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The origin of the heat pipe concept

The concept of heat pipe originated from a patent filed by R.S. Gaugler, G.M Company, Ohio, USA in 1942.

However, a lot of research on heat pipes began in the 1960s. In 1963, Grover launched a series of heat pipe research at Los Alamos Research Institute in New Mexico, USA. The research content included the use of working fluids such as lithium, sodium, and silver, and the capillary structure was made of metal wire into a grid structure.


In the 1970s, heat pipes began to be widely used in space components. At that time, the heat pipes designed at that time used metal as the working fluid, and the working temperature was above 10,000C, which was suitable for applications in non-gravity environments such as outer space components. Until Deverall and Kemme discovered low-temperature heat pipes using water as the working fluid, the application of heat pipes was further expanded to civilian uses, such as solar water heaters, car engine cooling, and even today's most common electronic component cooling.


The heat pipe is a mechanical element that uses the two-phase flow of the phase change of the working fluid to transfer heat. The heat pipe can be divided into an evaporating parts, a heat insulating part and a condensing part. When the secondary cold liquid attached to the tube wall of the evaporator absorbs external heat, it will heat and vaporize and generate a higher pressure called vapor pressure. This vapor pressure is the motive force that causes the vapor to flow to the condensing end (lower pressure), When the vapor flows to the condensing part, it will release latent heat and condense into a liquid. This liquid will finally return to the evaporating part by using the capillary force provided by the capillary structure of the heat pipe to form a cycle. It is worth noting that this cycle does not require additional fluid drive components, and the use of latent heat can quickly transfer a large amount of heat, etc., which are the advantages of heat pipes.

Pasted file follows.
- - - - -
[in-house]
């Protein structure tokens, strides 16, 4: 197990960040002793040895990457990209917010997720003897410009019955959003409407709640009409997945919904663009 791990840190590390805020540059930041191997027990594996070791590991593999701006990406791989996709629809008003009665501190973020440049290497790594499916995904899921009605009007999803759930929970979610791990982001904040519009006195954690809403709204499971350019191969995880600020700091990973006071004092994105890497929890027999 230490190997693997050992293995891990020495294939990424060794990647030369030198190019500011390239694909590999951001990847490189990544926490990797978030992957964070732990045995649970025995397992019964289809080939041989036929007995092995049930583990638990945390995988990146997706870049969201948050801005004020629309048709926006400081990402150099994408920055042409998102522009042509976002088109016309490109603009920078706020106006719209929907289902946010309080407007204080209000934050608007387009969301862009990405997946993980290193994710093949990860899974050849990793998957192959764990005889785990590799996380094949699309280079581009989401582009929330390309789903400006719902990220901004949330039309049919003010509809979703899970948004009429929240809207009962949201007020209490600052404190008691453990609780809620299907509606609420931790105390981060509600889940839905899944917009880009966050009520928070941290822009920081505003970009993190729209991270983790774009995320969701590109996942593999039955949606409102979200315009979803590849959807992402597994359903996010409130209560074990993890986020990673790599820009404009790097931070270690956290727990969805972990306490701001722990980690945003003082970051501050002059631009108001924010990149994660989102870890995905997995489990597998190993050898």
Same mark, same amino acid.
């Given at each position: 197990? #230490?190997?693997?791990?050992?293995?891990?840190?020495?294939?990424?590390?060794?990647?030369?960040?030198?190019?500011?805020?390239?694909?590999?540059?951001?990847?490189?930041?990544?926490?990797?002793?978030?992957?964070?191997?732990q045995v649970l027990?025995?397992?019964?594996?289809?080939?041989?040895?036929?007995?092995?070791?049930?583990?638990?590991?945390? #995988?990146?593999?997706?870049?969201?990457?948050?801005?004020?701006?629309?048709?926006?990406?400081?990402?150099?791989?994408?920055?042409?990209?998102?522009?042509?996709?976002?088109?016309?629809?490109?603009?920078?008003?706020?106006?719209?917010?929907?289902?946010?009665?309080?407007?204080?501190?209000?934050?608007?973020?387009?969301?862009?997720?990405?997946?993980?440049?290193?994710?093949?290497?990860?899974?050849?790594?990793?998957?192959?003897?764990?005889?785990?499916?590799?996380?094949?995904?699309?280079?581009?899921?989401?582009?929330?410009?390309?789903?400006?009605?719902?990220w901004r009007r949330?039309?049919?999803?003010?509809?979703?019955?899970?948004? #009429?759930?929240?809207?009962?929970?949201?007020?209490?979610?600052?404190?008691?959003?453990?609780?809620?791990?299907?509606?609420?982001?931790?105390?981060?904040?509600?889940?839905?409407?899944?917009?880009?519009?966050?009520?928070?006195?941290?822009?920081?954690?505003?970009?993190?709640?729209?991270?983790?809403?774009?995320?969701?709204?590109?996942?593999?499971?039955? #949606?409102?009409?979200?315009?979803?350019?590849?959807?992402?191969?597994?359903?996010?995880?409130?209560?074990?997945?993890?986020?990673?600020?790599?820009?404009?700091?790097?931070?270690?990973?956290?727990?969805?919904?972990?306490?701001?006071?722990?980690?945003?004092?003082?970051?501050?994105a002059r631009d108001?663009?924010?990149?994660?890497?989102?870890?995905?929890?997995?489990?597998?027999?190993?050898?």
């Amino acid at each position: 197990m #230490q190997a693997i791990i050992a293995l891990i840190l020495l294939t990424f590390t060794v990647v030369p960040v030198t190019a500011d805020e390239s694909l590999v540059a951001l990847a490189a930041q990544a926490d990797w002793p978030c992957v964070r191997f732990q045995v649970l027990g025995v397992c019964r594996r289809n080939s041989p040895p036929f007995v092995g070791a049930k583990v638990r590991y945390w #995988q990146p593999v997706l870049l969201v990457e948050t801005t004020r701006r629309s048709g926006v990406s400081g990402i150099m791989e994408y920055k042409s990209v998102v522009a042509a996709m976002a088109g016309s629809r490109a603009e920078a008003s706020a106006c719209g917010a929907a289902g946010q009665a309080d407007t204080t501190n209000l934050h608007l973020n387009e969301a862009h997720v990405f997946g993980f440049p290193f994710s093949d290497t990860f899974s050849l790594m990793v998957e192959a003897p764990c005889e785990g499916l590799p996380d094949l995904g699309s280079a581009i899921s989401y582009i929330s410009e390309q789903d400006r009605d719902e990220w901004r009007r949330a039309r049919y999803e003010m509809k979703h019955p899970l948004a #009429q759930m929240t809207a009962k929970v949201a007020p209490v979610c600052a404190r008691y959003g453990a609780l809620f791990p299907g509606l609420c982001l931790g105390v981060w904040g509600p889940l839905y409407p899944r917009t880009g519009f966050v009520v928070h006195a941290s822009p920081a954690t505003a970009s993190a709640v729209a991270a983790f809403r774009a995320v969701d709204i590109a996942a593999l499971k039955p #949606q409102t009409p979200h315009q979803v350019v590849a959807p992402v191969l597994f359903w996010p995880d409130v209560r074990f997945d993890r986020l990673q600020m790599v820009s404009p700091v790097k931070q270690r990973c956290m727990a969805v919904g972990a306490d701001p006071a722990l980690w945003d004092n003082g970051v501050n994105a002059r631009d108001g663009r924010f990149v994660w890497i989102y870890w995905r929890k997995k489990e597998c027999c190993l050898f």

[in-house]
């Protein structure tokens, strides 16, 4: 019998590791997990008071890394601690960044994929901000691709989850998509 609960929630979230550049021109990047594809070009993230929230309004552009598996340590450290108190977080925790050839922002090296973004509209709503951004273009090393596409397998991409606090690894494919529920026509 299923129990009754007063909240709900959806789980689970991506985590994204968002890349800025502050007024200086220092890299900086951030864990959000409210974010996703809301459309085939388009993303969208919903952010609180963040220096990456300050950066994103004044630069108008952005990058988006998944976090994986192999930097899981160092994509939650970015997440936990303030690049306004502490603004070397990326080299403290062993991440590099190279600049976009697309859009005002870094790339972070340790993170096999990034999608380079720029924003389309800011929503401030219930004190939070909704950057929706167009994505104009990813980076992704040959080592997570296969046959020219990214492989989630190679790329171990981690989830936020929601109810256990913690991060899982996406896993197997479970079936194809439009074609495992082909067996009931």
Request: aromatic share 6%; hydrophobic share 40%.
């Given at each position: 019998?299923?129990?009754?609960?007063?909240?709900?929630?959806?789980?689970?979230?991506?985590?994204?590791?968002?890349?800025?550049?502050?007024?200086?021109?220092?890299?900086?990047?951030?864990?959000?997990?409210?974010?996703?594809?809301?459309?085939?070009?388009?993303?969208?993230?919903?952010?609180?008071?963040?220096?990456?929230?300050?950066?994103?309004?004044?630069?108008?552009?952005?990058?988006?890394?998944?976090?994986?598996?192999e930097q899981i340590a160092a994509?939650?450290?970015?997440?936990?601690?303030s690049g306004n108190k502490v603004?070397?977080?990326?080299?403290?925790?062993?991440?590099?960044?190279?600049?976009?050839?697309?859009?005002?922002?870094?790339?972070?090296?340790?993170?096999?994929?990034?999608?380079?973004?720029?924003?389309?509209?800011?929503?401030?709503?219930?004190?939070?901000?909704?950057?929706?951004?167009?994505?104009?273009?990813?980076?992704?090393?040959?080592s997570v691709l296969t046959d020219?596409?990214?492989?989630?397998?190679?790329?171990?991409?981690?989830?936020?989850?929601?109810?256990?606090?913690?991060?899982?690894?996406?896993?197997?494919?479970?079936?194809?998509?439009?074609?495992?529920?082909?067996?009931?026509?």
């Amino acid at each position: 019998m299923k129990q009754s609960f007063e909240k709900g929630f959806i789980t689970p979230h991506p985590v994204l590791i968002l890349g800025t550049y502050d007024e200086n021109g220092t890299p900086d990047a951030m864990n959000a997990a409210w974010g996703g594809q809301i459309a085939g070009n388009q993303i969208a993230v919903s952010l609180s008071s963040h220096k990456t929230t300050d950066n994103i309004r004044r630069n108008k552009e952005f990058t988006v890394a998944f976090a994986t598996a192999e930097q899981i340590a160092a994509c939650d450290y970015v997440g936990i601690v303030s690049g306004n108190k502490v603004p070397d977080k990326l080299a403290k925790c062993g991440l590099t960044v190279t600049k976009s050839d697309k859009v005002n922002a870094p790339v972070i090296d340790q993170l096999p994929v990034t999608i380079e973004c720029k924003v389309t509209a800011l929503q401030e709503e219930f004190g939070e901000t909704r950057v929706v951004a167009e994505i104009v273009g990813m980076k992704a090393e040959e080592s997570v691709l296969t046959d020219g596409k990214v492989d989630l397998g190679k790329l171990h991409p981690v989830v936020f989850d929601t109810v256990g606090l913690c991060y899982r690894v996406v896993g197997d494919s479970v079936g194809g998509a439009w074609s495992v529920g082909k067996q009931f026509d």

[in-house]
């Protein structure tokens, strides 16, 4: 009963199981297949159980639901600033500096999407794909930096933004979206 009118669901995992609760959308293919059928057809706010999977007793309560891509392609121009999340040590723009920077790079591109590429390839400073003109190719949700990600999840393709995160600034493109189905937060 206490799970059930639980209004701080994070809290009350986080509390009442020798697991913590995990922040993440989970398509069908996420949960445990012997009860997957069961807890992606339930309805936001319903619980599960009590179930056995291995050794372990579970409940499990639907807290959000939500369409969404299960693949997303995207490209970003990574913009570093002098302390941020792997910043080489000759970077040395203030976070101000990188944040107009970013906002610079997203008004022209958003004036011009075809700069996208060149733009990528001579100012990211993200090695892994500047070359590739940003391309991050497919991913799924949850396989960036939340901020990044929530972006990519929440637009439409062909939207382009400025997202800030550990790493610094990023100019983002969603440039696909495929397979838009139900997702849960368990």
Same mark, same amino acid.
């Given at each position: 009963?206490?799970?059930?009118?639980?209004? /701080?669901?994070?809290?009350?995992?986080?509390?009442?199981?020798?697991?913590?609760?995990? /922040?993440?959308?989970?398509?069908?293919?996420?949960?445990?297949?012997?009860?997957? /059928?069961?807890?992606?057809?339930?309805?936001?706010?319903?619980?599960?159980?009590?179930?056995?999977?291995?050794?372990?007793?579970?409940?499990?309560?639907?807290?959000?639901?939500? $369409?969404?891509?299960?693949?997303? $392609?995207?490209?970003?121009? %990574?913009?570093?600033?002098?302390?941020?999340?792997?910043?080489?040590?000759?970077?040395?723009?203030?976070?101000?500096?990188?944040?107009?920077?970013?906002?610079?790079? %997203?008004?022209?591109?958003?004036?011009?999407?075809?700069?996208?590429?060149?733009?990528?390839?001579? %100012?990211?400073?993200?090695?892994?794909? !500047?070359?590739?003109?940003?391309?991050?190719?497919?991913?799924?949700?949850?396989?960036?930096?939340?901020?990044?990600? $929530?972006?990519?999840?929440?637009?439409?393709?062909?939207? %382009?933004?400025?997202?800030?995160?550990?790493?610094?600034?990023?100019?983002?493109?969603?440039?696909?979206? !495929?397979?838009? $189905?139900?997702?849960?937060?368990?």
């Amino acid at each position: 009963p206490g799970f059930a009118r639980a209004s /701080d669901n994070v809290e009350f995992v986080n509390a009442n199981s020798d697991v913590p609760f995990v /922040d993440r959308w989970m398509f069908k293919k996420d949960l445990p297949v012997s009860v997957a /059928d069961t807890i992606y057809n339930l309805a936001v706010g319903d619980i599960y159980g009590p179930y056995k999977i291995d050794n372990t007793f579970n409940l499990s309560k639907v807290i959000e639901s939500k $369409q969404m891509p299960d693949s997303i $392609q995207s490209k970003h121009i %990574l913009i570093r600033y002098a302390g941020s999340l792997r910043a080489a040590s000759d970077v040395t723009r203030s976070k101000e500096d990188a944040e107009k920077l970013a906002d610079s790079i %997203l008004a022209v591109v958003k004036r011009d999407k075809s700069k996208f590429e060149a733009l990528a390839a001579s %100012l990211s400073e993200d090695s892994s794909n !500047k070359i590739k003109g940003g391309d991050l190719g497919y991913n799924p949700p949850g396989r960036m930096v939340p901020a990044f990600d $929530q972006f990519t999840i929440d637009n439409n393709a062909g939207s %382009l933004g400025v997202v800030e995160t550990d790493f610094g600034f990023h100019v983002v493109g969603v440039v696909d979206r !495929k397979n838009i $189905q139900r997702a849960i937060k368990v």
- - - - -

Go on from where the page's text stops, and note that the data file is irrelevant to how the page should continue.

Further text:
A large number of heat pipes are used in notebook computers. Due to space constraints, the heat of the CPU cannot be directly dissipated. Therefore, heat pipe elements must be used to guide the heat from one end of the CPU to the other end, which is usually the side of the pen motor shell. The small fan next to the case dissipates the heat by convection. The heat conduction tool can of course use copper pipes (thermal conductivity coefficient 400W/mK) and aluminum pipes (200 W/mk), but the thermal conductivity coefficient is too low and the heat transfer speed is not fast enough. The heat pipe can be as high as 14,000 to 20,000 W/mK. Therefore, using the heat pipe as a heat conduction tool is very efficient, and it is now one of the indispensable heat conduction components for electronic heat dissipation.



Professor Wei-Keng Lin

Education|Ph.D., University of Maryland

Occupation|Professor, National Tsing Hua University 

Specialty|Electronic package heat dissipation, Heat pipe, Loop heat pipes(CPL,LHP,PHP), Energy-saving design, Solar heat storage and cooling, Heat flow system, Cooling of electronic components, Two-phase flow, Heat transfer elements of artificial satellite and high-altitude flying object